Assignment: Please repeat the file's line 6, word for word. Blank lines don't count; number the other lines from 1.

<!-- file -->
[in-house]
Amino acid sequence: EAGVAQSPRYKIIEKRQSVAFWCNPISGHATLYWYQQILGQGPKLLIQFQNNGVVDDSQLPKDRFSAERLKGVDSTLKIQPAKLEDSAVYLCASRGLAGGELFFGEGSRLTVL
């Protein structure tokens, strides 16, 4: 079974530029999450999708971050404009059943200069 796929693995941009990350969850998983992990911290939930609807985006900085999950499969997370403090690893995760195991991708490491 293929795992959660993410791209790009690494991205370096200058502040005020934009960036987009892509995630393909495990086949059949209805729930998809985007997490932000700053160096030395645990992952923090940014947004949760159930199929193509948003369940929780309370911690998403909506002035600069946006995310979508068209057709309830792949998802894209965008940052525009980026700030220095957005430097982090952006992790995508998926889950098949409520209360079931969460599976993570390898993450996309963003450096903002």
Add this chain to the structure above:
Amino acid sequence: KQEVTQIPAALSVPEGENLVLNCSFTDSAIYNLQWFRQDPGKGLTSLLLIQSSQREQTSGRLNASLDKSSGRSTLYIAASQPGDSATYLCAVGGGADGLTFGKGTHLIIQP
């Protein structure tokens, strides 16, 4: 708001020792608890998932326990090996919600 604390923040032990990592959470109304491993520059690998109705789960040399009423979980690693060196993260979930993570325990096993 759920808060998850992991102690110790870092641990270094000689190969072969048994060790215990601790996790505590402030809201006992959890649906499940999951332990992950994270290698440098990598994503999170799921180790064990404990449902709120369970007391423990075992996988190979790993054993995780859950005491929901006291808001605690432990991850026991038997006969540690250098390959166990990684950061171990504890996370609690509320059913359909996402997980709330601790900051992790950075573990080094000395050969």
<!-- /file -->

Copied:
């Protein structure tokens, strides 16, 4: 708001020792608890998932326990090996919600 604390923040032990990592959470109304491993520059690998109705789960040399009423979980690693060196993260979930993570325990096993 759920808060998850992991102690110790870092641990270094000689190969072969048994060790215990601790996790505590402030809201006992959890649906499940999951332990992950994270290698440098990598994503999170799921180790064990404990449902709120369970007391423990075992996988190979790993054993995780859950005491929901006291808001605690432990991850026991038997006969540690250098390959166990990684950061171990504890996370609690509320059913359909996402997980709330601790900051992790950075573990080094000395050969």